Preemptive Action

Accelerating Human Reaction Using Electrical Muscle Stimulation Without Compromising Agency

Shunichi Kasahara (Sony CSL), Jun Nishida (The University of Chicago), Pedro Lopes (The University of Chicago)

Even computer actuates us before our will, we perceive “I did it” in some condition. We investigate time window and foundation of the induction of pseudo Sense of Agency with the preemptive action with EMS (Electrical muscle stimulation).

Limen for generating the sense of agency with the computational preemption

As the evolution of computer prediction and technology for direct control of the body itself, it will be possible to drive our body faster and more accurately than our own will. With this situation, what we have to guarantee is the sense of agency : the subjective awareness of initiating, executing, and controlling one's own volitional actions.

In this project, by using the EMS (muscle electrical stimulation), we artificially archived faster and voluntary congruent finger motion and then measured perceived agency score with various preemption parameters. We found that, when the user and system move congruently, user feels that they initiated the motion, yet their reaction time is faster than usual. Our analysis uncovered that there is a time window to hold the sense of agency even if it precedes the usual visual reaction by approximately 80-100 msec faster.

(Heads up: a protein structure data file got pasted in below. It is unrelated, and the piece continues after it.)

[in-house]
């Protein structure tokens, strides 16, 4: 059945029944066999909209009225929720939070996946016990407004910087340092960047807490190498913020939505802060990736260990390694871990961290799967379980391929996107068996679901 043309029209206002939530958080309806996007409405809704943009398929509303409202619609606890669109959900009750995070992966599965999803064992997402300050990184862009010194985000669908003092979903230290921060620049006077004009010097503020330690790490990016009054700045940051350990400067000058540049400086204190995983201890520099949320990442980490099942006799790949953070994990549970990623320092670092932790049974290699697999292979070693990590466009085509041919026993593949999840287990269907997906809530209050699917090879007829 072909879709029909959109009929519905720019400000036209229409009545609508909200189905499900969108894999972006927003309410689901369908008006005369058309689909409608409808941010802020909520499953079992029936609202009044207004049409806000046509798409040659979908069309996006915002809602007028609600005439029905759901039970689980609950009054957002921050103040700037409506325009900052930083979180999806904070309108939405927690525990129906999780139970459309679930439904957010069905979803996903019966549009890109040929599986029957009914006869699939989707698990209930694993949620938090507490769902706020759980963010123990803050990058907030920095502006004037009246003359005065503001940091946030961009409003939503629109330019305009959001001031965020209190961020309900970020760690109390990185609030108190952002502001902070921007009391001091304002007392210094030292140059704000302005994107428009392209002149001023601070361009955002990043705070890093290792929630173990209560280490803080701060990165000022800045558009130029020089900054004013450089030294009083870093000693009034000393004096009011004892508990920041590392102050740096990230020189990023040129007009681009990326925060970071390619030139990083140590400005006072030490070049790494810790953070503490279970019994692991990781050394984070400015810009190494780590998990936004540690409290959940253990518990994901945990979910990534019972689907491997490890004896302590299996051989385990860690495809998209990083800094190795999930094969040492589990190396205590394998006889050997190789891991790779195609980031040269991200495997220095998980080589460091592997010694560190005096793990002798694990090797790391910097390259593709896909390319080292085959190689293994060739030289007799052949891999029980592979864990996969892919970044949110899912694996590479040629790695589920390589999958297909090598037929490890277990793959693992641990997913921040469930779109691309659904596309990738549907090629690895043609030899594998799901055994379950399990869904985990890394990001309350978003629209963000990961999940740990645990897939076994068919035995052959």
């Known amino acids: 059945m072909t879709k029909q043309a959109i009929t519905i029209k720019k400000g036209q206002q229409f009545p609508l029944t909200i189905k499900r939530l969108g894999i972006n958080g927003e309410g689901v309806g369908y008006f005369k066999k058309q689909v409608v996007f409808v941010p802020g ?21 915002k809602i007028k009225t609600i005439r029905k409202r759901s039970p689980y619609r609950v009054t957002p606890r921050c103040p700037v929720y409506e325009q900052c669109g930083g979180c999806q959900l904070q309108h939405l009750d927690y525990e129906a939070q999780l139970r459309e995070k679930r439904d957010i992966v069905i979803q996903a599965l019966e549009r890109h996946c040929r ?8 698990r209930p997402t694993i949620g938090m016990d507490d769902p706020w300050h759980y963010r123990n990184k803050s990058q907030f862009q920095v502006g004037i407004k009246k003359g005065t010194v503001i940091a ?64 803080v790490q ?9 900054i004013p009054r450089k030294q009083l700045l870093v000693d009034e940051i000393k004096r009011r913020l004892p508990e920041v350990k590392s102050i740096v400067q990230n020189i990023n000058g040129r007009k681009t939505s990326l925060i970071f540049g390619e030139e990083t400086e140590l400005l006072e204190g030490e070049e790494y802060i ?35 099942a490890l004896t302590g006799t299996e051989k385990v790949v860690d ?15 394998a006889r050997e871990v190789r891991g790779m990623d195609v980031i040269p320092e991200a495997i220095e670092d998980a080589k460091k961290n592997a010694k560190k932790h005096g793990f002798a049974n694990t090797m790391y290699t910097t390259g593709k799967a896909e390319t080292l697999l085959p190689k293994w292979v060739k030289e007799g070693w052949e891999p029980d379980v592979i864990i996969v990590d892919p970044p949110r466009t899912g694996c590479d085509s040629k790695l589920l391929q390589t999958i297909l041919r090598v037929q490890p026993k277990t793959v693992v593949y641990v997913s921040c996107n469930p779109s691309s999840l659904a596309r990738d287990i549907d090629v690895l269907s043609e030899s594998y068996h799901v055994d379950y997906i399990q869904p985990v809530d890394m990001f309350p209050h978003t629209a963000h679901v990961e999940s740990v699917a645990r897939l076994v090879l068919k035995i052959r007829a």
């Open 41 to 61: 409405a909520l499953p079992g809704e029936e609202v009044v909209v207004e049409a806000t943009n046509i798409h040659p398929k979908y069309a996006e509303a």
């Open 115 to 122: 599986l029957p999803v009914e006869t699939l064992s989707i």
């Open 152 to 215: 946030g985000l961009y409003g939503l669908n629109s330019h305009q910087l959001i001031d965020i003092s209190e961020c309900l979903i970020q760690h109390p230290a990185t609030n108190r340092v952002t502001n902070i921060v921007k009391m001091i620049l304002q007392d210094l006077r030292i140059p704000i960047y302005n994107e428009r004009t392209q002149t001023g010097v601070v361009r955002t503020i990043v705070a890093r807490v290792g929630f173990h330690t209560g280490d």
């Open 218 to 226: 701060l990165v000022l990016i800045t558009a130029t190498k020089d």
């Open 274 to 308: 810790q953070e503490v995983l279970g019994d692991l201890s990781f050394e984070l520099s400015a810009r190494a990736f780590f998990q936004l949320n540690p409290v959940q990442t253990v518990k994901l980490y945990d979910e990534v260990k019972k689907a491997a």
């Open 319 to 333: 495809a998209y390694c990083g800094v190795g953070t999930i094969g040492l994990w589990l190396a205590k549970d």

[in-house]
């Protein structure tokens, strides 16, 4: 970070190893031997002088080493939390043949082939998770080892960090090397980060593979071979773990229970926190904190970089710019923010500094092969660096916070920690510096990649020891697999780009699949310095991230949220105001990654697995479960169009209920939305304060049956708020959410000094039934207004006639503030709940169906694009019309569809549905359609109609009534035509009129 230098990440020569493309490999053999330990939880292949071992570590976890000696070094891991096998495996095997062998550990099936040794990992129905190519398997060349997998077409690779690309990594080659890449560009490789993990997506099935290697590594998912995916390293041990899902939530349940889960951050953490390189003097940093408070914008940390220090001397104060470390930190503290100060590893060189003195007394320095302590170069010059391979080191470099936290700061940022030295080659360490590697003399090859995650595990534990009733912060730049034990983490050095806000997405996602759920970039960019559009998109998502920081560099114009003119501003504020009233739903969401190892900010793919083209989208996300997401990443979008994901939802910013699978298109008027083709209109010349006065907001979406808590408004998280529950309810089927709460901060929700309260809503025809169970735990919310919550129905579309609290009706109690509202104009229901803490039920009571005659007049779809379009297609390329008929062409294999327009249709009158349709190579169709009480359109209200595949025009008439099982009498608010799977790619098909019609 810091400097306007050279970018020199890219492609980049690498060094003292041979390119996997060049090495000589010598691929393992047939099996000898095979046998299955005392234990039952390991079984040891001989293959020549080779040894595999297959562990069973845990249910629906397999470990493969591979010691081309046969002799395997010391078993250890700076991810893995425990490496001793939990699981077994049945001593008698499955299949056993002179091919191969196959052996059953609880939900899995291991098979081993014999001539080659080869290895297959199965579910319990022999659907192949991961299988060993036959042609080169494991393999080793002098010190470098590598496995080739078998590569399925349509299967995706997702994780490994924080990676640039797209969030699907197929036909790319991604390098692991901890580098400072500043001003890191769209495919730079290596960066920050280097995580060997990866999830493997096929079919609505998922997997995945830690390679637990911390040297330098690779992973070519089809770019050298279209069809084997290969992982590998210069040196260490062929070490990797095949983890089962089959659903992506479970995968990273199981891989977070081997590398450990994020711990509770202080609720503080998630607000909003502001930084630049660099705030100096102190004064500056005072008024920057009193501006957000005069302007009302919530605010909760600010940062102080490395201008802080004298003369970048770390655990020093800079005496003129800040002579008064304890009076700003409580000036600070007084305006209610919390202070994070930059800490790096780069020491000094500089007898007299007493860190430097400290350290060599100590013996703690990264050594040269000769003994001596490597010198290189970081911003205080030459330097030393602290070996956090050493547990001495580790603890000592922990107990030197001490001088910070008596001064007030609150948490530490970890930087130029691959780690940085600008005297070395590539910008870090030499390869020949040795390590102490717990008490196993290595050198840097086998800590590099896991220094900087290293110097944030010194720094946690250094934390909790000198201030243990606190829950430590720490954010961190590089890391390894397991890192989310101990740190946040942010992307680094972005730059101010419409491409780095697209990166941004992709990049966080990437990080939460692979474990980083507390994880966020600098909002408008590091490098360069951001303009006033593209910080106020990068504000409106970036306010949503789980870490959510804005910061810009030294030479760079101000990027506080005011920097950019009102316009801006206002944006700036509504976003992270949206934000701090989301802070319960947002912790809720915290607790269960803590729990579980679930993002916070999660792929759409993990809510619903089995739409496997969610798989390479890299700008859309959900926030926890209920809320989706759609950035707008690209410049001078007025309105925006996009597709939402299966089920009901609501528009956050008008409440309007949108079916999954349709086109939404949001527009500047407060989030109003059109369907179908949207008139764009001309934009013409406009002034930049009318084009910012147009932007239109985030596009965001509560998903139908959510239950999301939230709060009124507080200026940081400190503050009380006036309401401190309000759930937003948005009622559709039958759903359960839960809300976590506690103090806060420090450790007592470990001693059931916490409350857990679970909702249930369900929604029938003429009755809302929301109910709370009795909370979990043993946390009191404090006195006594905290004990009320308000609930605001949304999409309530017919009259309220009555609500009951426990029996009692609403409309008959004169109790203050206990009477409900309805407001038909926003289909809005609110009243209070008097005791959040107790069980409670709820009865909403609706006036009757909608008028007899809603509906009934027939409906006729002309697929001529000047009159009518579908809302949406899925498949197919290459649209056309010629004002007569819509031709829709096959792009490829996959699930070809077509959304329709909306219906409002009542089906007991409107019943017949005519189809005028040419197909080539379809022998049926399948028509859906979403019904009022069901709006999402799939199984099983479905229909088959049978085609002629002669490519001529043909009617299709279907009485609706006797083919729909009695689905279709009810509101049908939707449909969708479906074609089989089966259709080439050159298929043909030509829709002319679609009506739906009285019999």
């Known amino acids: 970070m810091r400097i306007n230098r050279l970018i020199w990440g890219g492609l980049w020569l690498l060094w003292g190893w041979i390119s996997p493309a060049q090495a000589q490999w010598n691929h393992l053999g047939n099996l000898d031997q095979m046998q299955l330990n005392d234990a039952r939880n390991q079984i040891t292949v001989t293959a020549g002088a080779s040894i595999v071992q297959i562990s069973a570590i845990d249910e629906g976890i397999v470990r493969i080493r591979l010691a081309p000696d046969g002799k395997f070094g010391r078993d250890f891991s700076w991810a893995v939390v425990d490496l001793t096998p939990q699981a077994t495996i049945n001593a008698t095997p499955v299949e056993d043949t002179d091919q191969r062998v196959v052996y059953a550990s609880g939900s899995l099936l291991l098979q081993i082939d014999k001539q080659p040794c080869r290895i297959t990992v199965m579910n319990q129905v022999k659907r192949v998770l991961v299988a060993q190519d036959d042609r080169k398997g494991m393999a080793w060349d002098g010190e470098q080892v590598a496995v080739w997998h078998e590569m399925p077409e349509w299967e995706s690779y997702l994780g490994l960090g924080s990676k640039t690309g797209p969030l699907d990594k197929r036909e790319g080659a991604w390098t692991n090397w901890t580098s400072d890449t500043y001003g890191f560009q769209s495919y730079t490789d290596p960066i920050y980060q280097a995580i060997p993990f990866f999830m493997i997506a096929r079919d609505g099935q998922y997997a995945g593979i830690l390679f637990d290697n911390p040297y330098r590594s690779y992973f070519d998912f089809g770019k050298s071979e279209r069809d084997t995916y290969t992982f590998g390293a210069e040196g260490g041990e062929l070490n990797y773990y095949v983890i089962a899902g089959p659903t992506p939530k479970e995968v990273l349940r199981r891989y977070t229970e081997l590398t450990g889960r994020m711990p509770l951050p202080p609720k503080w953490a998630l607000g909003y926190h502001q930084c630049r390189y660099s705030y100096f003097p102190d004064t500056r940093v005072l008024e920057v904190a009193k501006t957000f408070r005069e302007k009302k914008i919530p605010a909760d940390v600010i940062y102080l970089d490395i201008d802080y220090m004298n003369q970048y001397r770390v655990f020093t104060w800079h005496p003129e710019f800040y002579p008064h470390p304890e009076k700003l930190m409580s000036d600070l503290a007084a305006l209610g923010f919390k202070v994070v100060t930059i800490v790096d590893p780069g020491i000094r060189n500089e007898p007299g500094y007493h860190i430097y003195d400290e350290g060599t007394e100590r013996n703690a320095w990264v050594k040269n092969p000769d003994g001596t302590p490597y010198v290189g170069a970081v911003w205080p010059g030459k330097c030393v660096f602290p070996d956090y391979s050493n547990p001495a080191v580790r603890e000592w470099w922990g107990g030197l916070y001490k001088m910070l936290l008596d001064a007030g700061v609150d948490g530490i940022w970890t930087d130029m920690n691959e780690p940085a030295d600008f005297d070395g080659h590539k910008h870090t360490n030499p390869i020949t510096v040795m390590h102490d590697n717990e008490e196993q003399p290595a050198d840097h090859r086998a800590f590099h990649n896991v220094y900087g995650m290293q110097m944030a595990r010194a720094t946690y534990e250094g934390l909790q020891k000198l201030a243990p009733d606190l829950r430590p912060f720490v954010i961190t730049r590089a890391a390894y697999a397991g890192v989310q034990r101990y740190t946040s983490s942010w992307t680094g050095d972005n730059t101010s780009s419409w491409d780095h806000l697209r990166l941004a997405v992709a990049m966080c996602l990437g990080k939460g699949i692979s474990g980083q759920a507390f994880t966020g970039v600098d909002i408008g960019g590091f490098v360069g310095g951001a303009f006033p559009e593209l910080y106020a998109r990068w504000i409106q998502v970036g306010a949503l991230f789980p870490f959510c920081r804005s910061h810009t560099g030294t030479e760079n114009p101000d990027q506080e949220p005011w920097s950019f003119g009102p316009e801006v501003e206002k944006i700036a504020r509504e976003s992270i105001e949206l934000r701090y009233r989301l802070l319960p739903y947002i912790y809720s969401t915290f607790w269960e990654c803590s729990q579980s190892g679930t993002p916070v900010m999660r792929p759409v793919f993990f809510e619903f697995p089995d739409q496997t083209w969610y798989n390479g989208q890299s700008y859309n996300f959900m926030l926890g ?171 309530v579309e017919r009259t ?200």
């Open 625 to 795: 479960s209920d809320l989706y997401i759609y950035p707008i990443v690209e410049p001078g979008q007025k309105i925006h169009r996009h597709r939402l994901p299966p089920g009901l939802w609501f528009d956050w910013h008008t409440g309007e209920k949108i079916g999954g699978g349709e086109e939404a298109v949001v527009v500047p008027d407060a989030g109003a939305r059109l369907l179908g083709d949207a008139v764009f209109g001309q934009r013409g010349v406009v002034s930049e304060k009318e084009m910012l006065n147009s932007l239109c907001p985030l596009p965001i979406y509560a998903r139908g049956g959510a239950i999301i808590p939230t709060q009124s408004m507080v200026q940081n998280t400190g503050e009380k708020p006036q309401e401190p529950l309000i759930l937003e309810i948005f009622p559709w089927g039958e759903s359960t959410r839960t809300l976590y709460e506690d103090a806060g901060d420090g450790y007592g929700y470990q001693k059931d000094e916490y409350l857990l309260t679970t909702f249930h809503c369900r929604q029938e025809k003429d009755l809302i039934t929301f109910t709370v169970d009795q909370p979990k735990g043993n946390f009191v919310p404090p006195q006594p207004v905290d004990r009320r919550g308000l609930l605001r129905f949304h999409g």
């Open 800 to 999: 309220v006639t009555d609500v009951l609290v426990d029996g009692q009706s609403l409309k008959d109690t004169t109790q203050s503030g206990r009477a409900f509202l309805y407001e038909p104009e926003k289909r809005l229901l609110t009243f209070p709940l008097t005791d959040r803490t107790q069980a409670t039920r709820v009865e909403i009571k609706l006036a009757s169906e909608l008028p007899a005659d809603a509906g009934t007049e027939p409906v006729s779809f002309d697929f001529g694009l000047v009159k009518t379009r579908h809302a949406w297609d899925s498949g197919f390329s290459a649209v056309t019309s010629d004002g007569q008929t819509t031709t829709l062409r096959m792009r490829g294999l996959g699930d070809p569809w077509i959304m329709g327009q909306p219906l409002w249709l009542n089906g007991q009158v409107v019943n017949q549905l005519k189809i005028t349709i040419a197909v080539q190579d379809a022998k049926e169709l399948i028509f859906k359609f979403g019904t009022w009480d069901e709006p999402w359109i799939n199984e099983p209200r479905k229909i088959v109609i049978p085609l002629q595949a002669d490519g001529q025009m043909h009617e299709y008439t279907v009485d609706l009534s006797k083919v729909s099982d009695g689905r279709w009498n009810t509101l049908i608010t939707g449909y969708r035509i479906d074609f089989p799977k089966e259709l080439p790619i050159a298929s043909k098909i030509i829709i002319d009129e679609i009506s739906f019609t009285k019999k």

This is a collaborative research project with Jun Nishida and Pedro Lopes (The University of Chicago).

Talk / Presentation

The full paper about this project has been accepted for ACM CHI 2019. We will give a talk in CHI 2019 (May 4-9) at Glasgow, Scotland Uk,

Shunichi Kasahara, Jun Nishida, and Pedro Lopes. 2019. Preemptive Action: Accelerating Human Reaction using Electrical Muscle Stimulation Without Compromising Agency, In CHI Conference on Human Factors in Computing Systems Proceedings (CHI 2019), May 4-9, 2019, Glasgow, Scotland Uk. ACM, New York, NY, USA, 15 pages. (DOI link will be available in April)

Related Work

Jun Nishida, Shunichi Kasahara, and Kenji Suzuki. 2017. Wired muscle: generating faster kinesthetic reaction by inter-personally connecting muscles. In ACM SIGGRAPH 2017 Emerging Technologies (SIGGRAPH '17). ACM, New York, NY, USA, Article 26, 2 pages. DOI:

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